Divergent Review

Divergent Review

Summit Entertainment

Please note that this review is not 100% spoiler free regarding the events that take place in the first Divergent book and several aspects of the movie. If you wish to remain completely unspoiled, read with care.

To begin, I’m going to lay all my cards on the table: for me, Divergent was not a movie that I assumed would be enjoyable.

From the moment it was announced that it was officially being made, I couldn’t shake the feeling of dread within, and it remained throughout the casting and filming process. I didn’t love the initial casting of Shailene Woodley as Tris Prior, the female lead of the dystopian society novel, and I didn’t love the fact that the actor playing her love interest was eleven years older than the character he was supposed to be portraying. I shrugged my shoulders, sighed, and resigned myself to a bad, cheesy adaptation of an excellently written book that had held depth-filled characters, humor, action, romance, and allegories.

Okay. I’m going to admit it now- I was wrong.

Divergent tells the story of Beatrice (Tris) Prior, a young girl who lives in dystopian Chicago. In her society, people are divided into five factions: Candor- those who value honesty above all else, Amity- those who appreciate peace more than anything, Erudite- those who think that knowledge is the most important thing, Abnegation- Tris’ original faction, which lays weight upon selflessness, and Dauntless, the bravery faction, which is the faction that Tris ends up choosing in the film.

I went to see Divergent on opening weekend with my twenty-year-old cousin and two of my aunts, who are both well into their fifties. The theater was filled with females ranging from preteen, teen, and full grown women, along with a few boyfriends who were forced to sit through a two and a half hour movie during which they were totally ignored in favor of the attractive love interest, Four.

It was easy to forget that you were in a theater filled with people once the movie started.

In spite of the fact that I had been a skeptic, I realized that I had secretly been hoping the entire time that this movie would turn out well. And when all of the Dauntless began jumping off of the moving train within the first three minutes of the movie, I felt relief rush through me. I sat back in my chair, took a deep breath, and let a smile drift over my face.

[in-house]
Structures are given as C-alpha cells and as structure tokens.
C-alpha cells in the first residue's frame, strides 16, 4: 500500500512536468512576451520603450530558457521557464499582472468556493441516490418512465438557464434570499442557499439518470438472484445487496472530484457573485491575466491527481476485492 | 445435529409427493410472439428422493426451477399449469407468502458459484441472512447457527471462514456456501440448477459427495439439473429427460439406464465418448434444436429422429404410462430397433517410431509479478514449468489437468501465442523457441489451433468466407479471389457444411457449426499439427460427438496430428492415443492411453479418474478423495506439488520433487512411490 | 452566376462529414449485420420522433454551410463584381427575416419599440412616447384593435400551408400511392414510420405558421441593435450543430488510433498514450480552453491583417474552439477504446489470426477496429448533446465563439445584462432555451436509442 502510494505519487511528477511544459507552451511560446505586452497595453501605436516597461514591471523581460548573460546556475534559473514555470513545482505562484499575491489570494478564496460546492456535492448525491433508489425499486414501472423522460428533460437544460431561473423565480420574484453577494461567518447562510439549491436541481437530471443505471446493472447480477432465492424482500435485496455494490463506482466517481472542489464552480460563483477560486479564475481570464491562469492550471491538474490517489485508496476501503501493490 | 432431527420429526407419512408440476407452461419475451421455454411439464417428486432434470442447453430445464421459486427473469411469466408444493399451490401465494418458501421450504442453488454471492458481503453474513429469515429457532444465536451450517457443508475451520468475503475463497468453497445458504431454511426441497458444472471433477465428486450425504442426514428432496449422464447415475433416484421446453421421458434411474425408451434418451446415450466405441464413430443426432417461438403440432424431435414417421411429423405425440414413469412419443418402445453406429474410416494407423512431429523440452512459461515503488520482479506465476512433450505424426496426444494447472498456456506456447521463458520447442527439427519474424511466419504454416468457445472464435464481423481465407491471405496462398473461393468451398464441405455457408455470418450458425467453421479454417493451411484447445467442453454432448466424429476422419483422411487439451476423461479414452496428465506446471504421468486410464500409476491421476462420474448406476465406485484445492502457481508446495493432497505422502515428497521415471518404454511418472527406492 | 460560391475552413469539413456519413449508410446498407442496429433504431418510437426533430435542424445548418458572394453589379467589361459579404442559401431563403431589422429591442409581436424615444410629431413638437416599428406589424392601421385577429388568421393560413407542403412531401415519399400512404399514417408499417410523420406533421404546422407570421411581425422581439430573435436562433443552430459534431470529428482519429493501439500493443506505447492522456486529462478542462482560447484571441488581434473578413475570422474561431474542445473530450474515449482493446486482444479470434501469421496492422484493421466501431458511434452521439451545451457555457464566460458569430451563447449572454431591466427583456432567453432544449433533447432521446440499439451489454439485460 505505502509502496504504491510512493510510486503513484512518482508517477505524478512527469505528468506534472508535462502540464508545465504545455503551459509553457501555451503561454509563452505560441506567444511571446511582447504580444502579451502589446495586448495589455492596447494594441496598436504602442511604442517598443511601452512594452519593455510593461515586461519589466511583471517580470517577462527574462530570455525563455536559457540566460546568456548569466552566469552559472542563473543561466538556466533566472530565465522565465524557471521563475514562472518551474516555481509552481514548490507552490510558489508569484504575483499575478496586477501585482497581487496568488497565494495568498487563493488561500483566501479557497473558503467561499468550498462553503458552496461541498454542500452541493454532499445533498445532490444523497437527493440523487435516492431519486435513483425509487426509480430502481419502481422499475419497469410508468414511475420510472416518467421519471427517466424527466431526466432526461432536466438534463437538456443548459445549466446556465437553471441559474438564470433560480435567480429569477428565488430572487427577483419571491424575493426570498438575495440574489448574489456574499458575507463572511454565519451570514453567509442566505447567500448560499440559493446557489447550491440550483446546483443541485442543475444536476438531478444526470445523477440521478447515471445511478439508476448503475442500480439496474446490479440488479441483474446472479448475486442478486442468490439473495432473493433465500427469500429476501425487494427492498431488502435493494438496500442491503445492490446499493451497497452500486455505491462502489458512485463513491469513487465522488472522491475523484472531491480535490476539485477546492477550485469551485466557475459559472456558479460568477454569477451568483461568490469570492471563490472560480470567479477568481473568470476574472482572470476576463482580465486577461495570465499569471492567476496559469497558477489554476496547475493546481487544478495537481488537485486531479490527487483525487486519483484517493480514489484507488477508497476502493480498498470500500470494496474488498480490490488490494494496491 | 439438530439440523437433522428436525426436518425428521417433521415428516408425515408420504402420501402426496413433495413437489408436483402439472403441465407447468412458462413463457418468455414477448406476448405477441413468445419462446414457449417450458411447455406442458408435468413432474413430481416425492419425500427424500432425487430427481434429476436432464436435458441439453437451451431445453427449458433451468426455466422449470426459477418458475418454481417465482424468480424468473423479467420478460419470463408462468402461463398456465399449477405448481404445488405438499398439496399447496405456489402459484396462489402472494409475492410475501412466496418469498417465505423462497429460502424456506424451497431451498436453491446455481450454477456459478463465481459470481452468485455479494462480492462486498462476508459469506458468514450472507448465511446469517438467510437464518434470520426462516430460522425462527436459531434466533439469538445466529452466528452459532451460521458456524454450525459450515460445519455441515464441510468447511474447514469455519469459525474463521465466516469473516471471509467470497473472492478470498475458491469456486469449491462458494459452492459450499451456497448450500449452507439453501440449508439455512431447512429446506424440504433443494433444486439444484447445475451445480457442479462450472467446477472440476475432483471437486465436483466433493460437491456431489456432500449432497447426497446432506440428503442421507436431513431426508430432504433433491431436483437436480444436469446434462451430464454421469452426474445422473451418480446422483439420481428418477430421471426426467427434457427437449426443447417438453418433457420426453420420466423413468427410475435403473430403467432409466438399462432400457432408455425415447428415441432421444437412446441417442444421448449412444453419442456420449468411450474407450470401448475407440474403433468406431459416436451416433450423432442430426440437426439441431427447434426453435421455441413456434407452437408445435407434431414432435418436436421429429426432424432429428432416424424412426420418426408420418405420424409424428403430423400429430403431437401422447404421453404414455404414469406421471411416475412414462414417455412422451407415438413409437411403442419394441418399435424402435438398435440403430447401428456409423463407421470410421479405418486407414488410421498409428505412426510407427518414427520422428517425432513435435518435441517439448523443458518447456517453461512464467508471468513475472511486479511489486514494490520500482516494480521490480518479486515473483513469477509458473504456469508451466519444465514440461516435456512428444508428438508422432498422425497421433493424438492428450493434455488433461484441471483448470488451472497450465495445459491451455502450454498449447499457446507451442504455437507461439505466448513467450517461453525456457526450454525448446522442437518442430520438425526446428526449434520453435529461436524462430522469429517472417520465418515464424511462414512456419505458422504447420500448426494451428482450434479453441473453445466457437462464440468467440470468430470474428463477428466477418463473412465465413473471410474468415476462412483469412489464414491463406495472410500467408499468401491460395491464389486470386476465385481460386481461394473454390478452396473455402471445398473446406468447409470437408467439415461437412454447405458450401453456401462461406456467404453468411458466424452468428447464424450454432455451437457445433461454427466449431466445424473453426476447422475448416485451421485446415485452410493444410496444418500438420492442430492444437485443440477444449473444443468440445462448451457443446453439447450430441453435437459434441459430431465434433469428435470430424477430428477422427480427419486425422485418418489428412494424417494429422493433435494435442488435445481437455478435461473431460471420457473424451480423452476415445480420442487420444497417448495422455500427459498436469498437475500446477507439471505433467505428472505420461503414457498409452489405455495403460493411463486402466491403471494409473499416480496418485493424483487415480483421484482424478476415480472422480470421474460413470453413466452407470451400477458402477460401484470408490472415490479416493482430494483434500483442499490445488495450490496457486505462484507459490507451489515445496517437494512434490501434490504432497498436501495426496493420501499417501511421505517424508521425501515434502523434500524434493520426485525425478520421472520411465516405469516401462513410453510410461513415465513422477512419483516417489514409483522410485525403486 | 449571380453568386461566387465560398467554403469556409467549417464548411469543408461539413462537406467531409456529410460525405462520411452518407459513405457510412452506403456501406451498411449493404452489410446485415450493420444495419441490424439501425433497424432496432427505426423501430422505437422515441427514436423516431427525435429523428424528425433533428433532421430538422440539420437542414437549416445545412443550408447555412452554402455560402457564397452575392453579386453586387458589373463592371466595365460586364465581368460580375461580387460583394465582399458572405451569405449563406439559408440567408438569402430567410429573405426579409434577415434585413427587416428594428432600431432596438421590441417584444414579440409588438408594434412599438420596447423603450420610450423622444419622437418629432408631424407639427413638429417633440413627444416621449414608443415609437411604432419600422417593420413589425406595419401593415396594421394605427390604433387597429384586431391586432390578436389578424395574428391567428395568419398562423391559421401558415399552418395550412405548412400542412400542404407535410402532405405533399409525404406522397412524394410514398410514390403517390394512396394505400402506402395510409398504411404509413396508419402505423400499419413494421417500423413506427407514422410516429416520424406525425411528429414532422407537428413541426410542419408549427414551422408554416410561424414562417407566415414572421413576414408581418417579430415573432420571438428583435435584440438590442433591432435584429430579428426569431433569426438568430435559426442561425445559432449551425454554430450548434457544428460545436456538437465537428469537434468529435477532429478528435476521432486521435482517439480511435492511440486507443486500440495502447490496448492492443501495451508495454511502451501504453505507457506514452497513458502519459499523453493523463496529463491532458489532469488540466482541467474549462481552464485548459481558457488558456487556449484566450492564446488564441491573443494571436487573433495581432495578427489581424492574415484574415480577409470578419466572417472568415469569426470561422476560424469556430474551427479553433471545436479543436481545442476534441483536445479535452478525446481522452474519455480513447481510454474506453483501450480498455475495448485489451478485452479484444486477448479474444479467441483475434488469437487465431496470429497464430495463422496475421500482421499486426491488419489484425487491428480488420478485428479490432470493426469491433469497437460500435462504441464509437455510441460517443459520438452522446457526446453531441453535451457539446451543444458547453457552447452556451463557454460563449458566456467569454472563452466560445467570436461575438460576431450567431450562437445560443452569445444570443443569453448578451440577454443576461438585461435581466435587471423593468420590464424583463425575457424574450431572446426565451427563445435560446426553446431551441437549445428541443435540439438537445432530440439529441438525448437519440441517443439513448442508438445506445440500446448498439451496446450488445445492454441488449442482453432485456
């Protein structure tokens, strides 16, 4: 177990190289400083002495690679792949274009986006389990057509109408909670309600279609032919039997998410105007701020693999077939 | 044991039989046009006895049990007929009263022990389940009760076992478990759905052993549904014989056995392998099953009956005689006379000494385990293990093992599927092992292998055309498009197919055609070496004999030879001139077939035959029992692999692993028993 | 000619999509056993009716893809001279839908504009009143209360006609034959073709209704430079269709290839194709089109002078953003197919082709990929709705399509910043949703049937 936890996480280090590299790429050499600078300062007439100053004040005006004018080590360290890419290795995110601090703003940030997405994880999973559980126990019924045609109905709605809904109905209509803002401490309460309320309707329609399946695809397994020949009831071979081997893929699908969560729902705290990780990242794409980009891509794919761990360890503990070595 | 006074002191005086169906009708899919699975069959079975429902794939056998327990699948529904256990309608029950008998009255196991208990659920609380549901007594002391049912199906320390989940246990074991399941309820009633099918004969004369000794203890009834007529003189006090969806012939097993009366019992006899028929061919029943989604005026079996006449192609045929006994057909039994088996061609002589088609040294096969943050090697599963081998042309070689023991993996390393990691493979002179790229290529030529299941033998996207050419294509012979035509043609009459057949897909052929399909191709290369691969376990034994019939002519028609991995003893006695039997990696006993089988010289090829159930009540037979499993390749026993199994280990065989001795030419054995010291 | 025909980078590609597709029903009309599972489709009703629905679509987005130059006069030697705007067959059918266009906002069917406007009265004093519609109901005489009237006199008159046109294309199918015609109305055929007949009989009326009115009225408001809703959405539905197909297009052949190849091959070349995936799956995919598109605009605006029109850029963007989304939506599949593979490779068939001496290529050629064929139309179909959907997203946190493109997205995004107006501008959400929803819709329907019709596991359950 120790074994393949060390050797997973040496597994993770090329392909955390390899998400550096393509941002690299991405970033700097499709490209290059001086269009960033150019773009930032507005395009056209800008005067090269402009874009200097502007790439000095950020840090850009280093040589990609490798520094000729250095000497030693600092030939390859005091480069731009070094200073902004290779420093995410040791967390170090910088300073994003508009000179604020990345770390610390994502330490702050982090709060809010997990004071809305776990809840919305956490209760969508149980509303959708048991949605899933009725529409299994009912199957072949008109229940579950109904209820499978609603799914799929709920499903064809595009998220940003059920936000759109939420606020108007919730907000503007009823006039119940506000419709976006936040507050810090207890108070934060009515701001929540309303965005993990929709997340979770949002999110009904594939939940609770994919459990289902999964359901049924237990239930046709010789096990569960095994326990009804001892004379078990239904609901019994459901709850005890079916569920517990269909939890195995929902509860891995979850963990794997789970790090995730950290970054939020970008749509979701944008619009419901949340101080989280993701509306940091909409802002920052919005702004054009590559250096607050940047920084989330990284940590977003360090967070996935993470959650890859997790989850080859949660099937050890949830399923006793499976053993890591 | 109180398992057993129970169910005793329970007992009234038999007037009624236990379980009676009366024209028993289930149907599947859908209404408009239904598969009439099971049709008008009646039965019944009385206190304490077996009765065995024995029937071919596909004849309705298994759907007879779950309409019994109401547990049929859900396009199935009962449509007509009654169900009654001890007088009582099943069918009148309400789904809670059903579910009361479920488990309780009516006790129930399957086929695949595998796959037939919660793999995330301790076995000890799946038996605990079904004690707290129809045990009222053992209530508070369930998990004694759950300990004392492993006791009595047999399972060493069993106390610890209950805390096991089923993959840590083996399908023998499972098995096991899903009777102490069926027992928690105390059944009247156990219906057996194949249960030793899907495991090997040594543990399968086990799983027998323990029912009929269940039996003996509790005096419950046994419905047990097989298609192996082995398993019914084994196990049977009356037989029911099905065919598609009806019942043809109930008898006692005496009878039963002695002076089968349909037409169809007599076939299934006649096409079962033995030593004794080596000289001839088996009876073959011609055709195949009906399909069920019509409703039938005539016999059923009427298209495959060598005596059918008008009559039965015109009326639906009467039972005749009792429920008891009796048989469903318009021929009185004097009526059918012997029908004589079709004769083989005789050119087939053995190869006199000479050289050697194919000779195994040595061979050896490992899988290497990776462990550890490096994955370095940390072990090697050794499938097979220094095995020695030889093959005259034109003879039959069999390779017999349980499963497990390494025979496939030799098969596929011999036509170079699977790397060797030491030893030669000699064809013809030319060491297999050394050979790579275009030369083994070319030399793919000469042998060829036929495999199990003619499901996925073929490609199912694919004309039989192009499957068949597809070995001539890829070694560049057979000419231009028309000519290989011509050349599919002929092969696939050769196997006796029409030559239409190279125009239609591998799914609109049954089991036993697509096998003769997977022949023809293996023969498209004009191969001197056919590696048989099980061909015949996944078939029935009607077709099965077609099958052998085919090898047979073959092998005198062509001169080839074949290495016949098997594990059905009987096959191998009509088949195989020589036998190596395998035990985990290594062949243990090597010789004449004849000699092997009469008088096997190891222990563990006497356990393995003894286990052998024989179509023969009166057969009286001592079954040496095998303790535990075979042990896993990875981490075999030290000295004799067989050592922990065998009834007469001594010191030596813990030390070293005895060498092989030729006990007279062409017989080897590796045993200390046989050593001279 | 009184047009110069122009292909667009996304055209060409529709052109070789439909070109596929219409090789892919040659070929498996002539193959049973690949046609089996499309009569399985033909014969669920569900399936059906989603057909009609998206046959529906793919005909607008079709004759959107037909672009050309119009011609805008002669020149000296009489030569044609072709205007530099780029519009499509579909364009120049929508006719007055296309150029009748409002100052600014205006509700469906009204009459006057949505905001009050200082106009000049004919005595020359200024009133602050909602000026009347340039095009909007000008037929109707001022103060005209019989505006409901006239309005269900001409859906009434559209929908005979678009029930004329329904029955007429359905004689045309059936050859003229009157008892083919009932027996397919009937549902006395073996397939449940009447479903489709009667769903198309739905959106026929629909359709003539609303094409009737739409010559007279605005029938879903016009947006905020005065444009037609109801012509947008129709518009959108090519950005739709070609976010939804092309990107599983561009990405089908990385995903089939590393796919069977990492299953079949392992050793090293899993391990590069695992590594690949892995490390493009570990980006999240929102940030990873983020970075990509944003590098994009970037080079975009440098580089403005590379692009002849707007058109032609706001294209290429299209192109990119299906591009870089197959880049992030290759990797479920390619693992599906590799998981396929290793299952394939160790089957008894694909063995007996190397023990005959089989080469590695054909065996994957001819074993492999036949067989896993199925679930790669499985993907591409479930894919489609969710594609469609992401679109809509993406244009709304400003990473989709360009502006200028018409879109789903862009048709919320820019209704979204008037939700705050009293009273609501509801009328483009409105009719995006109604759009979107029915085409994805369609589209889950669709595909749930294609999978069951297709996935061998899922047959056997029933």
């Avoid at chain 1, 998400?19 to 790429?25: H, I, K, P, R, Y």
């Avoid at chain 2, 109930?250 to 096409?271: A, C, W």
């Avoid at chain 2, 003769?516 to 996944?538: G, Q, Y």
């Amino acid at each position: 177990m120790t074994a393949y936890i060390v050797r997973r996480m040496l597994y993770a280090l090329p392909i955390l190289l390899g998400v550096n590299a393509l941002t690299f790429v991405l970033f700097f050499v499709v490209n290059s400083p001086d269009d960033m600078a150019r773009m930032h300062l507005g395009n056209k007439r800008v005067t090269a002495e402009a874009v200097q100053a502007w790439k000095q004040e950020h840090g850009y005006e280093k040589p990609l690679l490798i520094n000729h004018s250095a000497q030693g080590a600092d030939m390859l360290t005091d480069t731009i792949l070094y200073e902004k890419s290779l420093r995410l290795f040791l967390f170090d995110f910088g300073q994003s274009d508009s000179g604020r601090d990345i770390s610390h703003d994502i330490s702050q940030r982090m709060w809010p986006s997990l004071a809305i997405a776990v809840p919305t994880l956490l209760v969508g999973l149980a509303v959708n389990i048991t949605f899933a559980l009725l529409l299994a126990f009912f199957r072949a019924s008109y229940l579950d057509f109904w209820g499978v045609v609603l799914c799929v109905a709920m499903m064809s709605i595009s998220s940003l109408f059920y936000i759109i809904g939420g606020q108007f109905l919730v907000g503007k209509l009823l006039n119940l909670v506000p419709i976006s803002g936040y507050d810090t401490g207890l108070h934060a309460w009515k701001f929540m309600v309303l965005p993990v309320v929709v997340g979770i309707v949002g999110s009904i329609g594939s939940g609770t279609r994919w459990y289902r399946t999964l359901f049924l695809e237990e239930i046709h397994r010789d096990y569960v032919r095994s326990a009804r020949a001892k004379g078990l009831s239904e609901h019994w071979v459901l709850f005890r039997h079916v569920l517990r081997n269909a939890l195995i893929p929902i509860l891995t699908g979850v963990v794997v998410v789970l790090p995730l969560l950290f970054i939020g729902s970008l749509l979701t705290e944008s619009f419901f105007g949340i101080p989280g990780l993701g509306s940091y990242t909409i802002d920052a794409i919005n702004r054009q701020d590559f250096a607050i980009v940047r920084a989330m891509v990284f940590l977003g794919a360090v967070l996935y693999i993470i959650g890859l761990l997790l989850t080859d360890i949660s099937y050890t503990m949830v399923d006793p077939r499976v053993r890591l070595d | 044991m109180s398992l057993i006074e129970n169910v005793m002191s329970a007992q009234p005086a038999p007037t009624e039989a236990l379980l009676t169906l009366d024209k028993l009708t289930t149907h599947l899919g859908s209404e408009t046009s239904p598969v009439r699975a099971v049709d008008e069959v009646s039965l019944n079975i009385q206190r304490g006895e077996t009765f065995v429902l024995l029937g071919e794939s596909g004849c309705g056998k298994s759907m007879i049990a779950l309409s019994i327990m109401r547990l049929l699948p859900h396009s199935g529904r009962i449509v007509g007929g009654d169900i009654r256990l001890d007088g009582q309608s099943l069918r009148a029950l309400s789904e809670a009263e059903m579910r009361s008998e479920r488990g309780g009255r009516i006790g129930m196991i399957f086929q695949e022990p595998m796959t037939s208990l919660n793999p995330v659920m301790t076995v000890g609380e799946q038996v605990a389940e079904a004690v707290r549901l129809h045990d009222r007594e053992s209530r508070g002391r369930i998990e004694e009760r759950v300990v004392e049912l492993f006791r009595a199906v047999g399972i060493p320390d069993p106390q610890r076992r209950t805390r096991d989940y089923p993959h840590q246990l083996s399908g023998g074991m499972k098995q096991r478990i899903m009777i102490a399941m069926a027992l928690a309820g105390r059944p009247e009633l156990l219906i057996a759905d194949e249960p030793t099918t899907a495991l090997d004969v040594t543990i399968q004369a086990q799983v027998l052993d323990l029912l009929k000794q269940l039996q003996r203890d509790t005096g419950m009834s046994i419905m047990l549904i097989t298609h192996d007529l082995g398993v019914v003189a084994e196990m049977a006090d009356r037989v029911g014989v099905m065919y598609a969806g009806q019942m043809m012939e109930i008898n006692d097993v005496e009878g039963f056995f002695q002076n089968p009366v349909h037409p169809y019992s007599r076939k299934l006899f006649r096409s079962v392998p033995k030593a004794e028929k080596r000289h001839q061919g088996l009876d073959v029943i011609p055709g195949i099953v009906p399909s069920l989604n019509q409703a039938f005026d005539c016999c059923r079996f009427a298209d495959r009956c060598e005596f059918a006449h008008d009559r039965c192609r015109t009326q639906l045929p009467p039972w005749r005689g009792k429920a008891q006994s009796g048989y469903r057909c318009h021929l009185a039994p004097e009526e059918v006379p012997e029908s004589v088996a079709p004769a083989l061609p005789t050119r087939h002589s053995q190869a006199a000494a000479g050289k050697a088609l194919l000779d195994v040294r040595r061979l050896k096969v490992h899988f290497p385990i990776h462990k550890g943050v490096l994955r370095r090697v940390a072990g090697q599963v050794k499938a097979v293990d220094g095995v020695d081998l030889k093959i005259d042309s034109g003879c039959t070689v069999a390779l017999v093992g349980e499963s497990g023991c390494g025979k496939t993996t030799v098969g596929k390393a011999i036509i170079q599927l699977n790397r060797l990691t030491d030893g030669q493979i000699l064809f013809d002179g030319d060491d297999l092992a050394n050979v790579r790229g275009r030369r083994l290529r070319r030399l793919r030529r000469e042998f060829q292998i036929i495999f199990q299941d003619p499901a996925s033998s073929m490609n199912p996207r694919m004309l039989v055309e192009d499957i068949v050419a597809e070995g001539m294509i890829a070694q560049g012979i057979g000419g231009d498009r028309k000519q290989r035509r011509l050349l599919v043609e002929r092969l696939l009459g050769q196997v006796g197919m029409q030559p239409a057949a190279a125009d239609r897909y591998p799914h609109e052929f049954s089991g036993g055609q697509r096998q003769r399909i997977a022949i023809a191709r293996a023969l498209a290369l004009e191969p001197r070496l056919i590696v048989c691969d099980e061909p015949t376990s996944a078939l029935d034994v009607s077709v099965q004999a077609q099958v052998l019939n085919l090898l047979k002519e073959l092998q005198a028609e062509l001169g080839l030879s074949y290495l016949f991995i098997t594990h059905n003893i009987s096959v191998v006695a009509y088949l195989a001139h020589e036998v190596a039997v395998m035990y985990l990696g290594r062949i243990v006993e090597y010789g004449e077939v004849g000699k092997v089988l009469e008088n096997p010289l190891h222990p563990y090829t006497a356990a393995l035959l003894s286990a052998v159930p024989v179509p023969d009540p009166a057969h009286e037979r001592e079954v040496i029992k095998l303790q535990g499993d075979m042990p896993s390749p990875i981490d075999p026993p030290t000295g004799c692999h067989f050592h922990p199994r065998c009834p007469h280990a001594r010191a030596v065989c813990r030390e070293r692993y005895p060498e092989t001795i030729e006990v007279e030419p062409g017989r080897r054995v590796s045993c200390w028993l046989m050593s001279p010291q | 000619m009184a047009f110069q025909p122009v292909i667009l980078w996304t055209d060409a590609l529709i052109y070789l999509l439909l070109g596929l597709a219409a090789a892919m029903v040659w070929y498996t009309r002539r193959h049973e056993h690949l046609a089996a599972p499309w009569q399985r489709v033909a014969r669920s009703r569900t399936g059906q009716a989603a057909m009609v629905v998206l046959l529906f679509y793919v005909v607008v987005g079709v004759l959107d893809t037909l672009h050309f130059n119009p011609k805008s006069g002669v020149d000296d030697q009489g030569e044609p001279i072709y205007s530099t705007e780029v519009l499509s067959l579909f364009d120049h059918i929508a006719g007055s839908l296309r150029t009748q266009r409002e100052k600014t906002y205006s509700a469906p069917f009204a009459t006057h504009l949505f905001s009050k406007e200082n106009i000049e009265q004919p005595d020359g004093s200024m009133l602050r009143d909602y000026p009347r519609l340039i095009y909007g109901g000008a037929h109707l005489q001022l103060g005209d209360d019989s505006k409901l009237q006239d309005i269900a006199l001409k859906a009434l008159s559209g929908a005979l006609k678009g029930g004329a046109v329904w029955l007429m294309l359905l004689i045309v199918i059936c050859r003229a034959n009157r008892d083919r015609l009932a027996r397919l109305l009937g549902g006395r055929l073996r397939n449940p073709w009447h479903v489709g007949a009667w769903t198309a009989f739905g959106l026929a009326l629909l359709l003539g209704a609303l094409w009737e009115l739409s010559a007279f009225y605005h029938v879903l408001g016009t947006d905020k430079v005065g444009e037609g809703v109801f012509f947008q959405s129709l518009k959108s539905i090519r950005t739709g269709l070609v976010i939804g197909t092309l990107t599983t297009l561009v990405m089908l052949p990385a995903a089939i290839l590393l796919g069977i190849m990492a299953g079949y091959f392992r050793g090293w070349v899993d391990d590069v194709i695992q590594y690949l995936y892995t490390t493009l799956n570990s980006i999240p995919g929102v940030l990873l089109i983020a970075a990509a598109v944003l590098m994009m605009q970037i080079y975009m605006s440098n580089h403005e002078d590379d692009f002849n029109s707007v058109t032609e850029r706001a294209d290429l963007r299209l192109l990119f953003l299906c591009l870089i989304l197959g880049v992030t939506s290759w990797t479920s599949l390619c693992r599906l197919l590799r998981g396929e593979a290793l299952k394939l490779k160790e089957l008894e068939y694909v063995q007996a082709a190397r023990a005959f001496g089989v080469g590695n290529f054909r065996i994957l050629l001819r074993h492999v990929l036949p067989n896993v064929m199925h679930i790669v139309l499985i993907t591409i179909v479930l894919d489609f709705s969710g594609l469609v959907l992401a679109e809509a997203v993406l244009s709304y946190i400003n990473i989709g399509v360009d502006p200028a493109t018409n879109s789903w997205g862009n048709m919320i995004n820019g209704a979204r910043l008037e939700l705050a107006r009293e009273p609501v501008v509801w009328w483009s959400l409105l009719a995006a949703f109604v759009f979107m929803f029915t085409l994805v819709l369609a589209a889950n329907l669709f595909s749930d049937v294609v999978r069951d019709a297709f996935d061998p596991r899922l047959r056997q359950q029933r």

This was going to be a good movie.

Shailene Woodley has a very specific way of acting that she applies to each character that she plays. It is far more natural than most actors play their parts, which is a skill that seems to be more useful on Indie movies than big Hollywood dystopian blockbusters. Woodley also has one setting of personality (innocent) which makes it difficult to see her as a strong, confident hero like Tris. Although her acting style did rub awkwardly against the nature of Theo James’ Four, who got most of his experience on British dramas such as Downton Abbey, it coaligned well with Miles Tellers’ Peter, who was Woodley’s co-star and love interest in The Spectacular Now.

Theo James brought his character, Four,  to life with aplomb. James needed to be able to be commanding and romantic all in the same role, and he brought this to the character almost from the first moment that Four was on the screen. Between the dialogue and his facial expressions, the viewer was able to watch Four slowly fall in love with Tris throughout the ten weeks of initiate training, but could also see the way he guarded himself around her. Unfortunately, his character got the Bella Swan treatment, in that the writers forgot to bring his sense of humor into the character. Four would occasionally make smart, witty quips with a blank expression that took a few moments for the audience to erupt into laughter, but mostly, his humor was gone.

Some critics of the movie state that the romance seemed cheesy and contrived to those who weren’t already invested in the relationship from the book. There were several hints from Four about his feelings for Tris in dialogue. Tris’ feelings seemed to come out of nowhere, which was slightly amusing because of how quickly her and Four’s relationship progressed into love. The dialogue that followed their first kissing scene- which was supposed to set up Tris’ intimacy issues- just translated as awkward and cringe-worthy to the audience.

Several scenes were standout, such as the war games scene, the zipline scene, and the final scene. Also, any time the characters were under the influence of the serum, the graphics were seriously impressive and creative. All of these scenes gave the readers beautiful graphics, scenery, and some really cool cinematography. The ending was changed in order to give Kate Winslet’s Jeanine more screen time, but it was still interesting and worked well with the tone of the movie.

The music was wonderful. It featured three songs from Ellie Goulding, which I had initially thought would throw the viewer out of Divergent’s universe. However, the songs fit perfectly with the mood of the movie, and often created a sense of euphoria around what was occurring on screen. In general, the soundtrack, composed by Hans Zimmer and Junkie XL, fit well with the movie and created a hyped up atmosphere for the moviegoers.

I would give this movie an 85%, but as a fan of the books and somebody who already had an understanding of the plot line and an allegiance to the characters, I am predisposed to liking the movie more. If you would like the position of a mature adult, I can give you the review of my Aunt. She is an over fifty woman who often frequents church and is both a mother and a grandmother. Upon asking her what she thought of the movie, she said, “Theo James is hot. End of review.”